The United States Environmental Protection Agency formally invited the Sites Reservoir Authority to apply for a $2.2 billion loan, energizing the long-delayed massive storage project in northern California.
The Water Infrastructure Finance and Innovation Act loan announcement last week comes on top of word from the California Department of Water Resources on Wednesday that the project would receive an additional $59 million for a total of $875 million from a statewide water bond voters approved in 2014.
The Sites Project Authority expects to receive another $600 million from other federal sources and would then issue $600 million in revenue bonds to cover the cost of the $4.4 billion project, said Jerry Brown, executive director, no relation to the former governor.
“I’m pleased that California is finally on the verge of constructing several major storage projects,” Sen. Dianne Feinstein said in a statement. “Sites Reservoir is the largest and will provide the most significant benefits for our water system. This loan is a critical step in getting this dam built.”
The Sites Reservoir project was first proposed in the mid-1980s as the second stage of the State Water Project to follow the Oroville Dam, California Aqueduct and associated hydroelectric plants and pumping stations. The SWP collects water from rivers in northern California and redistributes it to urban areas in the San Francisco Bay Area, southern California and farms in the Central Valley through a network of aqueducts, pumping stations and power plants.
The six-year drought that began in 2011 reinforced the need for the Sites Reservoir Project.
Sites, a small community in Colusa County in northern California, is surrounded by rolling hills and set in a basin of grasslands used primarily for cattle grazing. The proposed reservoir, which would flood the basin, has not received opposition from ranchers.
It has received pushback from the Natural Defense Resources Council, a Santa Monica, California-based environmental advocacy group, which has argued the project would take too much water from the Sacramento River, harming salmon and other fish.
The project was scaled back after it received a lot of negative feedback in 2017, to address environmental concerns, Brown said. It would now have the capacity to store 1.3 to 1.5-million-acre-feet of water down from the 1.8 million-acre-feet originally proposed. An intake pipe that went through prime agricultural and wildlife areas was eliminated as was a $1 billion pump to create energy storage. The water would be pulled from existing canals, rather than being diverted directly from the Sacramento River, Brown said.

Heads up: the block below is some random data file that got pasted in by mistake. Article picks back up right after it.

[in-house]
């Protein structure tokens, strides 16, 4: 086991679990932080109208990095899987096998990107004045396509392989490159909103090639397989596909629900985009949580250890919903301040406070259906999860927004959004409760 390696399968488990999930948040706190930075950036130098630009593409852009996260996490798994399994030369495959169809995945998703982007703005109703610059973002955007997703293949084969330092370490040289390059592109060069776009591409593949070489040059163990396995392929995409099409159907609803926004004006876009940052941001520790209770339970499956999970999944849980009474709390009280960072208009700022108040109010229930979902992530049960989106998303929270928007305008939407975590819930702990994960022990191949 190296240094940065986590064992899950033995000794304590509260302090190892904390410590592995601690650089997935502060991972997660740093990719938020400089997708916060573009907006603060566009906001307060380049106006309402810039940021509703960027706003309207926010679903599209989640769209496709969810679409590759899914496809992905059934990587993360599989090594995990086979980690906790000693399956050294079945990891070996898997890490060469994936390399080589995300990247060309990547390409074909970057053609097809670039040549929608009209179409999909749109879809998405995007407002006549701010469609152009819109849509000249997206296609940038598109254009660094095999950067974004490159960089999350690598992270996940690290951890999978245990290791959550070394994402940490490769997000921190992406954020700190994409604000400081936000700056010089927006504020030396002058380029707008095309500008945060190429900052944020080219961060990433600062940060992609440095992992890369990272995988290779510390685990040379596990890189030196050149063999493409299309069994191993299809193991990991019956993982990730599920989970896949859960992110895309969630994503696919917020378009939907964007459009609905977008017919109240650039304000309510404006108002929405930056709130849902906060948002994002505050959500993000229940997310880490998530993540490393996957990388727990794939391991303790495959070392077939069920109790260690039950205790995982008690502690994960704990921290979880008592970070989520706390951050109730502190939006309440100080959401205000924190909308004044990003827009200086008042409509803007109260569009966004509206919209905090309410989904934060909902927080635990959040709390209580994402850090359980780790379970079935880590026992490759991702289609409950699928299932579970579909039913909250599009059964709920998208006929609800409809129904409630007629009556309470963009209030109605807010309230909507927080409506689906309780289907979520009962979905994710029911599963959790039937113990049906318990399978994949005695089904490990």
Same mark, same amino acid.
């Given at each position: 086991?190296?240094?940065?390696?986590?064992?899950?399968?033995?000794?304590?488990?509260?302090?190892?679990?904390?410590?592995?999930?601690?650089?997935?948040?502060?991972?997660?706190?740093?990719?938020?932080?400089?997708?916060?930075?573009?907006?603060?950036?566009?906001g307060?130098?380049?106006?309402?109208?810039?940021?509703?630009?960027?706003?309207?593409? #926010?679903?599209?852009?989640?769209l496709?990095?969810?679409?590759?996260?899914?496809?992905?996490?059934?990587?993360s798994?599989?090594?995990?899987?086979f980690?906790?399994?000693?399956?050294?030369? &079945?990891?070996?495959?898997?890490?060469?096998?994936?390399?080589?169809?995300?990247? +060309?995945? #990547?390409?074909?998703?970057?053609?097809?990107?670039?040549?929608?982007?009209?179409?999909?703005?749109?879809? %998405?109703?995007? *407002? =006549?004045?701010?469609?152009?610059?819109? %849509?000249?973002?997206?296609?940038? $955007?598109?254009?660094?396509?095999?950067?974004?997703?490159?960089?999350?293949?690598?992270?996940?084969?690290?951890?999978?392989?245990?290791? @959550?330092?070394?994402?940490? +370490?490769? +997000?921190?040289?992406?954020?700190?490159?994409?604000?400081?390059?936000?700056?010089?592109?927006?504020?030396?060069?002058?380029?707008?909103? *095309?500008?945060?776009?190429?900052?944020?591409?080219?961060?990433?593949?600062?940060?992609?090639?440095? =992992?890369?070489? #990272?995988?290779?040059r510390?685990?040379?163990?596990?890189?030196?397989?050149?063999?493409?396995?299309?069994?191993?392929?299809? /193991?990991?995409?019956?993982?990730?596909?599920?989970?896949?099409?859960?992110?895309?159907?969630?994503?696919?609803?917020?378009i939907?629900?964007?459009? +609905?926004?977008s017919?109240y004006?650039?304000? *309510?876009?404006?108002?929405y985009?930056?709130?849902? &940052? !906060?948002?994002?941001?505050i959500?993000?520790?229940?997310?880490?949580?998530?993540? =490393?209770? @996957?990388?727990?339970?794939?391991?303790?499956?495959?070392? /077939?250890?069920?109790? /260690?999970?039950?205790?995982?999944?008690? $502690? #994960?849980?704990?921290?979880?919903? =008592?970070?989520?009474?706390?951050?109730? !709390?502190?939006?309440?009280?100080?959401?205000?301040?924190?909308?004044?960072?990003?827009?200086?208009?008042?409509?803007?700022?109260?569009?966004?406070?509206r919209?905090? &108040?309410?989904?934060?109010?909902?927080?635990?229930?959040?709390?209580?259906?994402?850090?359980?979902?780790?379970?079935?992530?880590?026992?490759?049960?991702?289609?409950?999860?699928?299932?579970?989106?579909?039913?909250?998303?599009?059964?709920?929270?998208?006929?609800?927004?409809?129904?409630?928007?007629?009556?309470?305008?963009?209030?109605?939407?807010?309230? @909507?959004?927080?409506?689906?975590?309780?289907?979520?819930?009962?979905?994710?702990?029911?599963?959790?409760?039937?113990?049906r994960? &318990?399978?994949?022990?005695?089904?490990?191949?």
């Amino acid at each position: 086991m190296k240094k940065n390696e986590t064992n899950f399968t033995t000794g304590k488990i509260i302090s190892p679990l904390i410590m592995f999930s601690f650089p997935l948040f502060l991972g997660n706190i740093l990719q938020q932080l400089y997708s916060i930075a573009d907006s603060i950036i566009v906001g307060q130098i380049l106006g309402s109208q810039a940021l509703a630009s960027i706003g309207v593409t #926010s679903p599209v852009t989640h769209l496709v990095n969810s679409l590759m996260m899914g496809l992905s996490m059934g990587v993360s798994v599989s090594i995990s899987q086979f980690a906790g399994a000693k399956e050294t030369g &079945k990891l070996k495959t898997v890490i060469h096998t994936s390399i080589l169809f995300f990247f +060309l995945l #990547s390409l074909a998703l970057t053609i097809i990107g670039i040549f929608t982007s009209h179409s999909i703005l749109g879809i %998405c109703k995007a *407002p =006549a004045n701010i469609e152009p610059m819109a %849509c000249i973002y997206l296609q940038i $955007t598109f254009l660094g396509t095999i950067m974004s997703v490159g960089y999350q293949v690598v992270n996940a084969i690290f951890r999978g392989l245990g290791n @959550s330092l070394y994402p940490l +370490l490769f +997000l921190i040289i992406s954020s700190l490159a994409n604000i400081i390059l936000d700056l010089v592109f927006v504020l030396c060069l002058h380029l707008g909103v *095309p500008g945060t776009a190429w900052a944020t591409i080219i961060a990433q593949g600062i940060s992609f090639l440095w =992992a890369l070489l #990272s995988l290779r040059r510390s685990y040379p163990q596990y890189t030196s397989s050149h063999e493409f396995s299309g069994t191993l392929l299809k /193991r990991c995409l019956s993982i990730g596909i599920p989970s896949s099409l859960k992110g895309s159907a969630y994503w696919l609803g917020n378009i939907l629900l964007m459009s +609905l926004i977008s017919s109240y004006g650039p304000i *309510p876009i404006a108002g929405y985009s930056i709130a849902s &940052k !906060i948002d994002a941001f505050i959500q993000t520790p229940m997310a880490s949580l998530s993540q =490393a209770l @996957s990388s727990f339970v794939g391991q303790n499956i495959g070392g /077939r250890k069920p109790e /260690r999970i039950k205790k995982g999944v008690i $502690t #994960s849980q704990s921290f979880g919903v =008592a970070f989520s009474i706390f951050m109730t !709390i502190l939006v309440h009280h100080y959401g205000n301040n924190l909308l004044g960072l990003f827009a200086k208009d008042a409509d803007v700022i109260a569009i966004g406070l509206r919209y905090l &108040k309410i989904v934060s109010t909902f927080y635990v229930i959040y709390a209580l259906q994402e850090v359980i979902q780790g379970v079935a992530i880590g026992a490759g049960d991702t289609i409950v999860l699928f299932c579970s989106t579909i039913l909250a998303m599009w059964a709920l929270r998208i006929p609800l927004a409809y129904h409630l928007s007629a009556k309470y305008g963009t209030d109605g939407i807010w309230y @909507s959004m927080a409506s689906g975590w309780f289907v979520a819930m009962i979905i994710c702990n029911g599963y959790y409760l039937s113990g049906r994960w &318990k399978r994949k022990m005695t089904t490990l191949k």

“There are about 180 miles of canals in the region, and only about 12 miles of that is new through the project,” Brown said. “That is a big reason that is such a wonderful location, because of all of the existing infrastructure.”
It’s really unique that this project has a group of 23 water agencies from across the state pooling their resources to secure the WIFIA loan and take out debt under the joint powers authority that governs the project, he said.
Just as the project was dusted off under the six-year drought in the last decade, the current drought is expected to provide some momentum.
If the project had been completed earlier, it could have been storing water from heavy rains in 2017 and 2019 that would have helped the state during the current drought. With the environmental impact report expected to be completed in two years and other water permits required, Brown doesn’t expect to start construction until 2024 and have it operational until 2030. So, it’s unlikely, it will help to alleviate the near-term pain from the current drought affecting California and a large swath of the West.
But Sen. Alex Padilla, who like Feinstein supports the project, called it “a critical piece of our diversified water strategy to improve our resilience to climate change” in a statement. He added, the reservoir would help California provide enough water for millions of residents and prevent runoff water from being wasted.